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The Summit Pinnacle

The Student News Site of Summit High School

The Summit Pinnacle

The Student News Site of Summit High School

The Summit Pinnacle

The Talking Heads Look as Good as New

‘Stop Making Sense’ is a time capsule into a legendary band in their prime.

I remember the first time I heard “Psycho Killer,” the infectious baseline, the groovy guitar chops, David Byrne iconic chorus, I was immediately hooked. As I dived deeper into The Talking Heads discography I fell in love with their energy, catchiness and unwillingness to be constrained by conventional musical standards. They were unlike any other band I had ever heard.

“Stop Making Sense” perfectly encapsulates what makes The Talking Heads such a unique and special band, capturing that sensation that made fans like me, love The Talking Heads in the first place.

“Stop Making Sense” was recorded over three nights in Los Angeles during the “Speaking In Tongues tour.” The Talking heads were fresh off of their first mainstream hit “Burning Down the House” and could basically do no wrong. The past three records they had released, “Fear of Music,” “Remain in Light” and “Speaking in Tongues” had all gained immense critical success and had sent The Talking Heads into the stratosphere of art rock. 

This confidence and swagger is apparent in “Stop Making Sense.” Every member of the band, including the extras, are always smiling. This effect rubs off into the audience as it’s nearly impossible to not have a great time while watching this film. Whether it’s David Byrne making a hilarious facial expression or Tina Weymouth dancing, it’s hard not to end up laughing. The camera is always panning to the faces of the band members as they make goofy faces and smile constantly.

Ethan Halter, a senior at Summit High School is a relatively new Talking Heads fan. On his first watch of “Stop Making Sense” he noted how funny the band’s antics can be. 

“I couldn’t stop laughing at his (David Byrne) Big suit, it looked so ridiculous” 

The silliness may scare some people away who may prefer musicians who carry themselves more seriously. For most, these quirky moments make for an engaging watch unlike other concert films. One of the funniest moments of the movie is during “Life During Wartime,” where David Byrne completely abandons the mic and starts running circles around the stage as the camera hilariously tracks his movement. Moments like these separate The Talking Heads from other bands who take themselves too seriously.

It’s clear how much effort The Talking heads put into their live performances. David Byrne in particular is such an incredible performer. He makes it so there is not a single dull moment during the 88 minute duration with his awkward dancing and intense delivery. Throughout the film there are many creative visuals that make the concert feel very cinematic. One standout shot is during the song “What a Day That Was” when the band members are completely blacked out and you can only see their shadows on the back wall. It really feels like you’re part of the crowd throughout the performance, singing along with David Byrne while dancing in your seat, and cheering at the end of each song. Seeing the interactions between the band members and the extras really brings the audience closer to the band. It’s easy to see how close knit and friendly The Talking Heads heads are. The close up shots make it feel like you are also on stage, in on the ridiculous antics.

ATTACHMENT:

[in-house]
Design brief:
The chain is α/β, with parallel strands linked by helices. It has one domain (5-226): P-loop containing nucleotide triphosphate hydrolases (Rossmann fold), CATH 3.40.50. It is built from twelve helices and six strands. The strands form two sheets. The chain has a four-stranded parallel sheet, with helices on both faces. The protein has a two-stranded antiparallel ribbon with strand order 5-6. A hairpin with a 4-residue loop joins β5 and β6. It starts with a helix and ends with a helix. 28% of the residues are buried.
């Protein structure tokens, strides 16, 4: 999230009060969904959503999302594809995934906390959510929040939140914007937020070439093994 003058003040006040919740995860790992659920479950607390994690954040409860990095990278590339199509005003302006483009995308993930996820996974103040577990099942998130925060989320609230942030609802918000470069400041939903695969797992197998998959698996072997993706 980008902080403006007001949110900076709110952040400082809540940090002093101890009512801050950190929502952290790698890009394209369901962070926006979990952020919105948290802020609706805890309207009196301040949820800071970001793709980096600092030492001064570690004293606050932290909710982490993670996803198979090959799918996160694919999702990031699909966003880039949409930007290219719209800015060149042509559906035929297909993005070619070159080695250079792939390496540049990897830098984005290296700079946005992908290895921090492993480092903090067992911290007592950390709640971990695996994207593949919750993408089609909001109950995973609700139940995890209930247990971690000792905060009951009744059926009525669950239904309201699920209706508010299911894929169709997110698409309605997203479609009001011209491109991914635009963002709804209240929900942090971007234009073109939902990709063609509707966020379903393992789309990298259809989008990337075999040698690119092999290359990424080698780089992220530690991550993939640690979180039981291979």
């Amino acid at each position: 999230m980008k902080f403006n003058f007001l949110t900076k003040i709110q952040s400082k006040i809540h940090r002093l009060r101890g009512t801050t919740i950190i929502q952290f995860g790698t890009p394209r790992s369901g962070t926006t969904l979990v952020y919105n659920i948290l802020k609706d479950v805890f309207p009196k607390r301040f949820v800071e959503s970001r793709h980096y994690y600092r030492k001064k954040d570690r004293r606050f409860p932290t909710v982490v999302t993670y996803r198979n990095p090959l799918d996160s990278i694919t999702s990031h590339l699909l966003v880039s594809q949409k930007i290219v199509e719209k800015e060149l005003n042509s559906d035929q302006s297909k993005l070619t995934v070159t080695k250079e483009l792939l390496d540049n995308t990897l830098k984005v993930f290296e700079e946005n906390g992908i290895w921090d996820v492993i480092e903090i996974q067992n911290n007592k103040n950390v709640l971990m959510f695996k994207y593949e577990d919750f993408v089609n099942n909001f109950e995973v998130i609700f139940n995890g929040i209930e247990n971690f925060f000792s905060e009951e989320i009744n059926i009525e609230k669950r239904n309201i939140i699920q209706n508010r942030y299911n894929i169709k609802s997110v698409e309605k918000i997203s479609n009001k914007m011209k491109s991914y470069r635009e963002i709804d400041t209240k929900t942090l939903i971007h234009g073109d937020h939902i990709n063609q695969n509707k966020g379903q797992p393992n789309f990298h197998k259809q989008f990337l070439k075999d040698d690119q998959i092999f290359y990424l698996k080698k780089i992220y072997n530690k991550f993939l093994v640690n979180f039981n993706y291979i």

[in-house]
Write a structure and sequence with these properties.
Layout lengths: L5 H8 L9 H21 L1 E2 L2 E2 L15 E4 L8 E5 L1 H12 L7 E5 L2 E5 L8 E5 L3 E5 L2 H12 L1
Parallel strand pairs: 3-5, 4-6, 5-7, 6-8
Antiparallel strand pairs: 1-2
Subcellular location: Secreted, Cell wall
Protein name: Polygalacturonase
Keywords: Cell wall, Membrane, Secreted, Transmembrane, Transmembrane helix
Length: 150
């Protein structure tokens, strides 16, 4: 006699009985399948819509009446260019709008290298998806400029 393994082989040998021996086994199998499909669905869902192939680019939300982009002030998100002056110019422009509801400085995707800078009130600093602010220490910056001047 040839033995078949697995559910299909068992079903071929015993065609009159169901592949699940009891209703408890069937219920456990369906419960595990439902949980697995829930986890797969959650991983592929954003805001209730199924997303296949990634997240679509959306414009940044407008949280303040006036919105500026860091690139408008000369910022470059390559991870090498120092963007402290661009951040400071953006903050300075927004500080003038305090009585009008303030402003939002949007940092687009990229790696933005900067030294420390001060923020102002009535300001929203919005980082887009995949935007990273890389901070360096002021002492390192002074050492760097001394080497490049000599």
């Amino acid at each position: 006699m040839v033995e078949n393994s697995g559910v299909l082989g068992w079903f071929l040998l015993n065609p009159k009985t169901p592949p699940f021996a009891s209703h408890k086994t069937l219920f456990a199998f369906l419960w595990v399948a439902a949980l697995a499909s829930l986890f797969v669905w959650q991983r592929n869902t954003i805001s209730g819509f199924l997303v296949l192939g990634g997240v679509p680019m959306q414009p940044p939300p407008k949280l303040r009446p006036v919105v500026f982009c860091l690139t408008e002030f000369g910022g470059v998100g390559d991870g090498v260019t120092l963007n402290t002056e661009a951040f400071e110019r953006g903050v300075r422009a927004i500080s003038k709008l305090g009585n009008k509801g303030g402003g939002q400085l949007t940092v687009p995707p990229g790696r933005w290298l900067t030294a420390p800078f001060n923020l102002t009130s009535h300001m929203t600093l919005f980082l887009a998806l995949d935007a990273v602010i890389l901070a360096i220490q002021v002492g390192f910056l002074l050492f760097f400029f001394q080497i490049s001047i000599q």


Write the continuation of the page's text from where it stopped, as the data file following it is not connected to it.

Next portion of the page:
The music isn’t sidelined for the performance. The sound quality is clear and raw at the same time. It’s quite impressive how well the audio was restored from the original version 40 years ago. Songs such as “Burning Down the House” are arguably better in “Stop Making Sense” than their studio counterparts having even more energy and personality.

As well as the audio the visuals are impressively restored, making the movie feel as good as new. It’s intriguing to see the young Talking Heads in such high quality. Even in the closeups, every single detail looks like it was filmed with a modern camera. It feels as if you time traveled back 40 years and are seeing the band perform live. As a young Talking Heads fan, it gives me the opportunity to experience what it must’ve felt like to see this legendary band live while bringing me closer to the band during their prime.

“Stop Making Sense” is the golden standard for live performances. In an age where artists sing over backing tracks of their own songs, it’s refreshing to see a band that cared so much about their concerts. It shows how, if live music is taken seriously, can make one’s connection with an artist greater and enhance the music experience overall. Up and coming musicians should look towards Films like “Stop making Sense” to see how powerful Concerts can be.

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About the Contributor
Will Beltramini
Will Beltramini, Website Editor
Will Beltramini is a senior here at Summit High School. You can often find him on the soccer field preparing for his next game or listening to his large record collection with his dog. Will loves nothing more than the outdoors, whether backpacking, biking, trail running, Will enjoys it all. In addition to this, Will also enjoys hitting the slopes of Bachelor with his snowboard and exploring different cultures through traveling. This is his second year writing for The Pinnacle, and he is excited to be one of two website managers.

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